Cycling fans crammed the streets of downtown Antwerp for the start of the Tour of Flanders. They pushed into the narrow lanes and climbed atop stone pillars hoping for a glimpse of their country’s most famous athlete. Half an hour before the start, Tom Boonen strode across the main stage to wave to the crowds one final time.
Amid the chaos, a Belgian cyclist named Bert Van Lerberghe stood by his Sport Vlaanderen team camper and adjusted his bike in relative solitude. Van Lerberghe, 24, looked like the prototypical Belgian cycling hero — his thick torso connected to bulging hamstrings and calves. Van Lerberghe’s recent palmarès — he was 13th at Gent-Wevelgem — points toward WorldTour success. Someday in the near future, he may stand atop the Flanders stage amid roaring applause. If that day comes, a new Flemish youngster with dreams of cycling greatness will fill Van Lerberghe’s spot on the Sport Vlaanderen team.
“Becoming a [professional] has been my dream since I was 12 years old,” says Van Lerberghe, who grew up in Kortrijk. “I started to see it as [a realistic] potential at 16 or 17, and since then I have lived the professional life.”
Across Flanders, thousands of children grow up with dreams of cycling greatness. Every year these kids fill the country’s junior racing ranks and step onto a conveyor belt aimed at cycling’s top echelon. Like Boonen, Greg Van Avermaet, and the country’s other heroes, they enter a Flemish cycling system that is designed to discover raw talent and then mold it into world-beating perfection.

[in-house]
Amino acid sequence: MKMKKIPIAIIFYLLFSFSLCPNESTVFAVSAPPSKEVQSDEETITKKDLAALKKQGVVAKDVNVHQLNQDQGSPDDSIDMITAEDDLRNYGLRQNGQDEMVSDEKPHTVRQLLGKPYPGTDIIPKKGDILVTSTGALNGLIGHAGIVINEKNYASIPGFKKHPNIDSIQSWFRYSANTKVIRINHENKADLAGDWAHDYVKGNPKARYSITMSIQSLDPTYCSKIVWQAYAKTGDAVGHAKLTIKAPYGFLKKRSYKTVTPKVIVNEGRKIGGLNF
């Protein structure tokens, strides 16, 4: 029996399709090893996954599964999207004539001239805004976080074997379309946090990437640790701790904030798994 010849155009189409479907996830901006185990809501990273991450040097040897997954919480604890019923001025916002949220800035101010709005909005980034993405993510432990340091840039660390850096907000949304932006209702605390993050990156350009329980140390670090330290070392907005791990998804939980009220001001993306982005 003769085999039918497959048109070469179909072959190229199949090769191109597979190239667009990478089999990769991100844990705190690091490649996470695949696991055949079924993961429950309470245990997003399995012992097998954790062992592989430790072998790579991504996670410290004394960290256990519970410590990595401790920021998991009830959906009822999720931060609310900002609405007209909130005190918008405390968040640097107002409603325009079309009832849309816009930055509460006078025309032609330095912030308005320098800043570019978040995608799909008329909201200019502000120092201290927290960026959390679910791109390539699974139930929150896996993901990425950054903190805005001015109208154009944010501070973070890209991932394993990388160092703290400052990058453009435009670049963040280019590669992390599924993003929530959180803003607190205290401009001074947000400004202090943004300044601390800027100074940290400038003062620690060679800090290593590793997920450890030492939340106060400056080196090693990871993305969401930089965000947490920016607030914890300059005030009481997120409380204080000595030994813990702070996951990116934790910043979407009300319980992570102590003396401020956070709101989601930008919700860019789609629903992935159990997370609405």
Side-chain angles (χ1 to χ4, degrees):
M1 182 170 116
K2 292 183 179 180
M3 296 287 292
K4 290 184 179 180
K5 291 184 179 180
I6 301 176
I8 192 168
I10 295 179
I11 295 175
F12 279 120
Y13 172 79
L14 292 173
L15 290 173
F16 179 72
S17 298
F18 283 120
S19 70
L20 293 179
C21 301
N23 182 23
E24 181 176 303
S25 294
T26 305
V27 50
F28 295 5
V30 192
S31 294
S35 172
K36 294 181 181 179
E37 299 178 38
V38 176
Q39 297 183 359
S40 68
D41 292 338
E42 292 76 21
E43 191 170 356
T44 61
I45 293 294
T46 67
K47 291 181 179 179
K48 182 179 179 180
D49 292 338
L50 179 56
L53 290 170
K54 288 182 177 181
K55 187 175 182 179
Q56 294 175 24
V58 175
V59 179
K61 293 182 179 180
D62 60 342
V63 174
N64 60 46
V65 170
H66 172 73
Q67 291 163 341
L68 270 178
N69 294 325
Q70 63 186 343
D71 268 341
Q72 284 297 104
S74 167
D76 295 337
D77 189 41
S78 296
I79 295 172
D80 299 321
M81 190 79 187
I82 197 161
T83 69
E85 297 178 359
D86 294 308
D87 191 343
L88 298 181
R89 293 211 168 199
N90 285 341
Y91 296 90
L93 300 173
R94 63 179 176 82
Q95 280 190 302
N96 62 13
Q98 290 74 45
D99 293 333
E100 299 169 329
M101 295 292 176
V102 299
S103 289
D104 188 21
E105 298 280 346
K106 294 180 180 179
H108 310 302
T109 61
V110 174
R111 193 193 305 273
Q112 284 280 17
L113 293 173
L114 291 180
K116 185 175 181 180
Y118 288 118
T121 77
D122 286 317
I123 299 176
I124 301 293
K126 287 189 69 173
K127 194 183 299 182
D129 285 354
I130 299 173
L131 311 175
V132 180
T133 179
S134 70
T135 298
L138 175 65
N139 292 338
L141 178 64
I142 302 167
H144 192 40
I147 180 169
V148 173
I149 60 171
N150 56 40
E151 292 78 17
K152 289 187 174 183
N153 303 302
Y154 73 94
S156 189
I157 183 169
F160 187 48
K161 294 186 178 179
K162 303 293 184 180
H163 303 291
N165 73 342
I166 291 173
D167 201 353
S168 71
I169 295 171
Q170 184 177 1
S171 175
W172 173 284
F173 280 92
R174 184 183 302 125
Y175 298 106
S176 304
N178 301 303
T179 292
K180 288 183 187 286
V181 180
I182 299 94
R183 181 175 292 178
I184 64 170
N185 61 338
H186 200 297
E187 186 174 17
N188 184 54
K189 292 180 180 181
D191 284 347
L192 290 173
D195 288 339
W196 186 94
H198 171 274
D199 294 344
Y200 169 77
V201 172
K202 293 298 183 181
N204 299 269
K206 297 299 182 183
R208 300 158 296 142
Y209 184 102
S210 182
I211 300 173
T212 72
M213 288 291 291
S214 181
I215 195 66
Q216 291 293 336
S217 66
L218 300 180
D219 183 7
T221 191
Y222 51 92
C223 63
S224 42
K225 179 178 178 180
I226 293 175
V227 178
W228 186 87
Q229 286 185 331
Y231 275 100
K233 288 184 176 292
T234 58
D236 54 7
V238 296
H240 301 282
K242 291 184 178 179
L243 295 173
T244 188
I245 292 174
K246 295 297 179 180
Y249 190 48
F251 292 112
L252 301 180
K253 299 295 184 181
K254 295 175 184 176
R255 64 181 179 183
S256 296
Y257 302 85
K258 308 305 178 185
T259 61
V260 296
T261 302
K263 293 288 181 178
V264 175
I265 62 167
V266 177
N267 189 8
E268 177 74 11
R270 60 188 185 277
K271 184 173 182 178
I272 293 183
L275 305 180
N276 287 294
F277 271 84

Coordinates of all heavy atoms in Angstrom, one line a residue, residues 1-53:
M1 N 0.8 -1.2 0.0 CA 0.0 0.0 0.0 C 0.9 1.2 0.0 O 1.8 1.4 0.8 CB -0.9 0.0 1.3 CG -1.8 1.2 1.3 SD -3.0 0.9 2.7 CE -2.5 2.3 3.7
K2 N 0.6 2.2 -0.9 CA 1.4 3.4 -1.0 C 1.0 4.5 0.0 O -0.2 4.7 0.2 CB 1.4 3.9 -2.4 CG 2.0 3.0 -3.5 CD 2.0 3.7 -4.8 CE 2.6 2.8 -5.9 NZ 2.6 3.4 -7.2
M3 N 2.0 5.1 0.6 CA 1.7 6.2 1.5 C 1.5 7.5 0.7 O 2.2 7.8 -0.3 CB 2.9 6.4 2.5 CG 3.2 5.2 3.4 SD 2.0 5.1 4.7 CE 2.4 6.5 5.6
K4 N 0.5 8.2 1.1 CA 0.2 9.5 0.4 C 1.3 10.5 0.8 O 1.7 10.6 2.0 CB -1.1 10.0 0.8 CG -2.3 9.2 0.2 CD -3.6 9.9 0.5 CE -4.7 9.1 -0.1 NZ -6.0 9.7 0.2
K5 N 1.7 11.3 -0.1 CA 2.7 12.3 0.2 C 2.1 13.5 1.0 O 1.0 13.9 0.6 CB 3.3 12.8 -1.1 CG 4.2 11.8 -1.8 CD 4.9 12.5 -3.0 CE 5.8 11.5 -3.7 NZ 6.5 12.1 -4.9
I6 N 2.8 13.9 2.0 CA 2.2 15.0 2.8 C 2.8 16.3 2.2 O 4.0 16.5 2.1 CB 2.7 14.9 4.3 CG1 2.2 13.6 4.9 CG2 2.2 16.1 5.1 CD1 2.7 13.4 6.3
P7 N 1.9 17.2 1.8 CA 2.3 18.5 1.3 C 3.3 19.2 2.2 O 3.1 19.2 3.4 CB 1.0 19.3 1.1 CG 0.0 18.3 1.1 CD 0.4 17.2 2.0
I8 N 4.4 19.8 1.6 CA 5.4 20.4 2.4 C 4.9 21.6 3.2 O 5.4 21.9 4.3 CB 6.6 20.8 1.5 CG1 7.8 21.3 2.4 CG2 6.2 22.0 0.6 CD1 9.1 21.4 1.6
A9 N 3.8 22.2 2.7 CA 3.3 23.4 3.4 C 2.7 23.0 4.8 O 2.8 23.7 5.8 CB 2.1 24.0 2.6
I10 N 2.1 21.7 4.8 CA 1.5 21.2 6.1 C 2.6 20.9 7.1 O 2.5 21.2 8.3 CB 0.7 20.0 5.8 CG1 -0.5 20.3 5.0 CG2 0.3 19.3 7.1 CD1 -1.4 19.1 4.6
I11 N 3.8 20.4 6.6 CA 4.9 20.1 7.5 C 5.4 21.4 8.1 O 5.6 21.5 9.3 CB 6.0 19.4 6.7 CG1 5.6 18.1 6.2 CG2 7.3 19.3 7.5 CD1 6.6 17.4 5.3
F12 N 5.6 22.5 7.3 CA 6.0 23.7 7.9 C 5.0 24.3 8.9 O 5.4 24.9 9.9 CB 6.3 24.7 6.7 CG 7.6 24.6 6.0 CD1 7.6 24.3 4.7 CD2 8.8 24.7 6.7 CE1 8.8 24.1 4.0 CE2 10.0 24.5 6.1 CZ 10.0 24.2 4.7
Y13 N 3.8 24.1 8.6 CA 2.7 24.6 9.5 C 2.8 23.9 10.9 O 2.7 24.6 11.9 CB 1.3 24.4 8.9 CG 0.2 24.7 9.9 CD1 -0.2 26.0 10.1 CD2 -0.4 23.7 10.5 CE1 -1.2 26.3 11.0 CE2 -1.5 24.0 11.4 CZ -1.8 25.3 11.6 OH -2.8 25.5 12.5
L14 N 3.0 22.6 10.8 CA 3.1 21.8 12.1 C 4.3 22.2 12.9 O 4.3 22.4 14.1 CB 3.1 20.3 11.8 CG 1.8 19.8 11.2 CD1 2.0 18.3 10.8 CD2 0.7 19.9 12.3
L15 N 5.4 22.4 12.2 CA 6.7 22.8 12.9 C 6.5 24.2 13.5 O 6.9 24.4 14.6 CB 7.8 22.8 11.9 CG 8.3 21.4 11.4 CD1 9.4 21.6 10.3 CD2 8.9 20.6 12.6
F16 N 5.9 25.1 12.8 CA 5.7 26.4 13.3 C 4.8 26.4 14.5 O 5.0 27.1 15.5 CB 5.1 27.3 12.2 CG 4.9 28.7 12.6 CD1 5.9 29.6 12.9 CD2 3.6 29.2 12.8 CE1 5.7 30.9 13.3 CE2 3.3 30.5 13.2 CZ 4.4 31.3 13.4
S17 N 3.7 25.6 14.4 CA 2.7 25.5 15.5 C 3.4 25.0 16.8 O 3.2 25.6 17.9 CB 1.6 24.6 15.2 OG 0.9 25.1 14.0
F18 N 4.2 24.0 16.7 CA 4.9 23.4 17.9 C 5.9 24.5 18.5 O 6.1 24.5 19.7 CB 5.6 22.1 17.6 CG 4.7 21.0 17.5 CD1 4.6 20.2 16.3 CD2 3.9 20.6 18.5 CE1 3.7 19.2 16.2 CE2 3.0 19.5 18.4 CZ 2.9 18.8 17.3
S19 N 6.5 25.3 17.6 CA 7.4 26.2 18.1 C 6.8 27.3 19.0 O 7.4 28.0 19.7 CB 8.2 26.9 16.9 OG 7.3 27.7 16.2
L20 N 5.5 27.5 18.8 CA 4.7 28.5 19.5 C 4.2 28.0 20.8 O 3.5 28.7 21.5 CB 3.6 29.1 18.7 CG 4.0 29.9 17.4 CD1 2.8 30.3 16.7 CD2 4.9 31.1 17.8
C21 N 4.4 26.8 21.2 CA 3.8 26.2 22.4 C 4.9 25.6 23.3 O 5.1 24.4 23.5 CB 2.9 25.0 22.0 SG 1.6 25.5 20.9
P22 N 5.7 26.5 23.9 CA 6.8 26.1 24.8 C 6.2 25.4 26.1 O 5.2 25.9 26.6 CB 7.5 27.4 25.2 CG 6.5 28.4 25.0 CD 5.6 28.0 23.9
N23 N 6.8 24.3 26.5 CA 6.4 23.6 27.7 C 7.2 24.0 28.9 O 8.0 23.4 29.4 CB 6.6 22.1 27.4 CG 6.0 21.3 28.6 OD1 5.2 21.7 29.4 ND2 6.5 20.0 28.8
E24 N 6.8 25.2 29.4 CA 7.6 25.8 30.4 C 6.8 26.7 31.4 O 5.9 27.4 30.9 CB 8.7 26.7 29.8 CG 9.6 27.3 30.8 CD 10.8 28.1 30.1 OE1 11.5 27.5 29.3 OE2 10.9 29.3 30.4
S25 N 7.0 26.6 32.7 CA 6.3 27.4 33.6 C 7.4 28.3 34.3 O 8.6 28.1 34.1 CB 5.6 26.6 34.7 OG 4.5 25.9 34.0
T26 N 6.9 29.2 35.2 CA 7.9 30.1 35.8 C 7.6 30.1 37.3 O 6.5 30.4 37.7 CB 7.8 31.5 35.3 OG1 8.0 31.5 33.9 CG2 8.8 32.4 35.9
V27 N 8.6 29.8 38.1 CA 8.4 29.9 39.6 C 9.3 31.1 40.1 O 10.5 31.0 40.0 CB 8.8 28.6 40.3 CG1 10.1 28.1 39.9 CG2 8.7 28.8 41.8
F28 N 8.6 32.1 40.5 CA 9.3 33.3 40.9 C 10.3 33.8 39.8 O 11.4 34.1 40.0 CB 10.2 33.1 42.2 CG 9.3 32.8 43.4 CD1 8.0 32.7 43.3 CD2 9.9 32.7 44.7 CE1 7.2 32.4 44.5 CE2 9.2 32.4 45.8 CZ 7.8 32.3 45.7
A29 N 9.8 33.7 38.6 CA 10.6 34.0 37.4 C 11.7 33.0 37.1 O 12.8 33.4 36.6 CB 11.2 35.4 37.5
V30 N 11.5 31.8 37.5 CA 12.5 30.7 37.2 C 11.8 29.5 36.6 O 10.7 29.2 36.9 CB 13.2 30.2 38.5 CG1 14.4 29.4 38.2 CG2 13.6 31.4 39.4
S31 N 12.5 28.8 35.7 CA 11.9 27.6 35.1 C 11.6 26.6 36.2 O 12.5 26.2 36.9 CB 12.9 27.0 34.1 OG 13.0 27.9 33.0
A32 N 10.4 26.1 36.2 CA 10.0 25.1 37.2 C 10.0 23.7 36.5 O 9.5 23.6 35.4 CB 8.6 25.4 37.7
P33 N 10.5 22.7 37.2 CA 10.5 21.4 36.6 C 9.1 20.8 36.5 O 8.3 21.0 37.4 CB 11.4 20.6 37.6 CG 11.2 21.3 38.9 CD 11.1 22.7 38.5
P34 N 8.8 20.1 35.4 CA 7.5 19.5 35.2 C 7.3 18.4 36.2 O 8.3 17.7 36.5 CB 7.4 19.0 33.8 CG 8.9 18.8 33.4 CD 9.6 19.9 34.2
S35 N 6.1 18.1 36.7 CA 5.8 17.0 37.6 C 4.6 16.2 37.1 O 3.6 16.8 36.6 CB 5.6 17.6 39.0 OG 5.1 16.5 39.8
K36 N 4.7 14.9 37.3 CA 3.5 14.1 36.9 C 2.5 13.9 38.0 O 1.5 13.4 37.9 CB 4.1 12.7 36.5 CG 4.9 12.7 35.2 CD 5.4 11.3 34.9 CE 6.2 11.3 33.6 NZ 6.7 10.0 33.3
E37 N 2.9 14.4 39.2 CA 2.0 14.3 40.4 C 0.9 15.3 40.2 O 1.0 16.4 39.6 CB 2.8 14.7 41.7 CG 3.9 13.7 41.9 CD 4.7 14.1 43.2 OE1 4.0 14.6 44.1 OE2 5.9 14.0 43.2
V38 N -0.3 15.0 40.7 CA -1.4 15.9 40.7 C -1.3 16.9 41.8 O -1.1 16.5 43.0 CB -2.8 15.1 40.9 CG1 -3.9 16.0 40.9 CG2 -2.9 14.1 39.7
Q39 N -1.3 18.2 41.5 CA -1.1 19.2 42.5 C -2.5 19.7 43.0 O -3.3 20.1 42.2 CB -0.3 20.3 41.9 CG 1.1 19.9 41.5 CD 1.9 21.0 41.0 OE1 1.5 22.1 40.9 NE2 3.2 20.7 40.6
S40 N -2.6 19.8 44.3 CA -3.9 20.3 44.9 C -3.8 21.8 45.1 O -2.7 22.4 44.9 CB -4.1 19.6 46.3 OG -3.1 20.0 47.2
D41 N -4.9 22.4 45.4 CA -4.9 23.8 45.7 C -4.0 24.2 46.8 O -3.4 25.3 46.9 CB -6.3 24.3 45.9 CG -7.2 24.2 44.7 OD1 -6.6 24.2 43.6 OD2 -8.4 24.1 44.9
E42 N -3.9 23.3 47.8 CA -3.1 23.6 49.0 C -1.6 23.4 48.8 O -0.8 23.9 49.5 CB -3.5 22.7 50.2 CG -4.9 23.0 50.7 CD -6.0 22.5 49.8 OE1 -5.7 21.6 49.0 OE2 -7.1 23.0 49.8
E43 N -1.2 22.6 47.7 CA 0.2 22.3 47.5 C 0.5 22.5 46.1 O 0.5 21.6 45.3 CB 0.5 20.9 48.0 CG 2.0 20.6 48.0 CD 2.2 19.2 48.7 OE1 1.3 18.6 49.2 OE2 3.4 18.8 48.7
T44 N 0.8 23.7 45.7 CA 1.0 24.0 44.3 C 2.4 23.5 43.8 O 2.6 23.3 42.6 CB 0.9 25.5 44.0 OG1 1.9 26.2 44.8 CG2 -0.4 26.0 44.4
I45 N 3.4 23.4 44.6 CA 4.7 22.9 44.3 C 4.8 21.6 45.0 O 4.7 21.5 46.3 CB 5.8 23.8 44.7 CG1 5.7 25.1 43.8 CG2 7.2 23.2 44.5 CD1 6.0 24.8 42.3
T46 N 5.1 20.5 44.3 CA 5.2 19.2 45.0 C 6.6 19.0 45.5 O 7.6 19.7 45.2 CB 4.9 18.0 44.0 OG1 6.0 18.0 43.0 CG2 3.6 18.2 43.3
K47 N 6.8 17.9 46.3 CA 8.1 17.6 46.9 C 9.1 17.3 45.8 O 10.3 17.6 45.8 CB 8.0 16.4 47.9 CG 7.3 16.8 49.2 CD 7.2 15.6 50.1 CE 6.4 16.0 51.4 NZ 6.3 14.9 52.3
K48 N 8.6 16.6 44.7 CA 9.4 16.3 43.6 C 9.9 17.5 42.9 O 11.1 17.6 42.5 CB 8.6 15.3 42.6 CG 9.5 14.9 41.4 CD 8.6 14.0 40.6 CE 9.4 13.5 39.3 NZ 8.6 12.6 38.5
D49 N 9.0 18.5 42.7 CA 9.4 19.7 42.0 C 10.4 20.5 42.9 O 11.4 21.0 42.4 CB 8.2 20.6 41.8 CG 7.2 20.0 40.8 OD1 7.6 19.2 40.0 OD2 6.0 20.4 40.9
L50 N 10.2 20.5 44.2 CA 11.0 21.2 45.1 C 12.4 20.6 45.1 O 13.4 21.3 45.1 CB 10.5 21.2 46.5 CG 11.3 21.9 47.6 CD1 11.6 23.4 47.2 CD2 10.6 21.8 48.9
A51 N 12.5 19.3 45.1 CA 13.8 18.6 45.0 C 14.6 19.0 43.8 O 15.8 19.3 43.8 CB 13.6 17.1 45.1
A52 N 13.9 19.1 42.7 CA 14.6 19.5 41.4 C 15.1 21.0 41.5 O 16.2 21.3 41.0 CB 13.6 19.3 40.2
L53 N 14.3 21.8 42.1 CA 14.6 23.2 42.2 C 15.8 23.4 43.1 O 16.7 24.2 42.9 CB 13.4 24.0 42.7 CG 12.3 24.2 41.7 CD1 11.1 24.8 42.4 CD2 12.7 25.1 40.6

Along their journey, Flemish children participate in hyper-competitive junior and under-23 races that weed lesser riders from the pack. They pass through multiple talent identification camps and undergo frequent physiological tests. They race on development teams that boast bigger budgets and stronger leadership than many professional squads elsewhere in the world. And they receive direct financial support from the Flemish government.
This refined development system explains why the small region of 6.4 million people is perhaps the strongest cycling hotbed on the planet. Flanders is the land that gave the sport Eddy Merckx, Freddie Maertens, Rik Van Looy, Johan Museeuw, and Boonen, as well as hundreds of professionals with less flashy names but equally long careers. Two-thirds of all WorldTour teams have at least one Flandrien on their roster. And as Flanders bids farewell to Boonen, perhaps no country is better equipped to find his replacement.
“Cycling is part of the history of Flanders. If you tell your parents you want to race a bike, they understand,” says Trek-Segafredo’s budding star Jasper Stuyven. “There is a lot of opportunity to race from when you are a very young age, and a lot of support. People respect it.”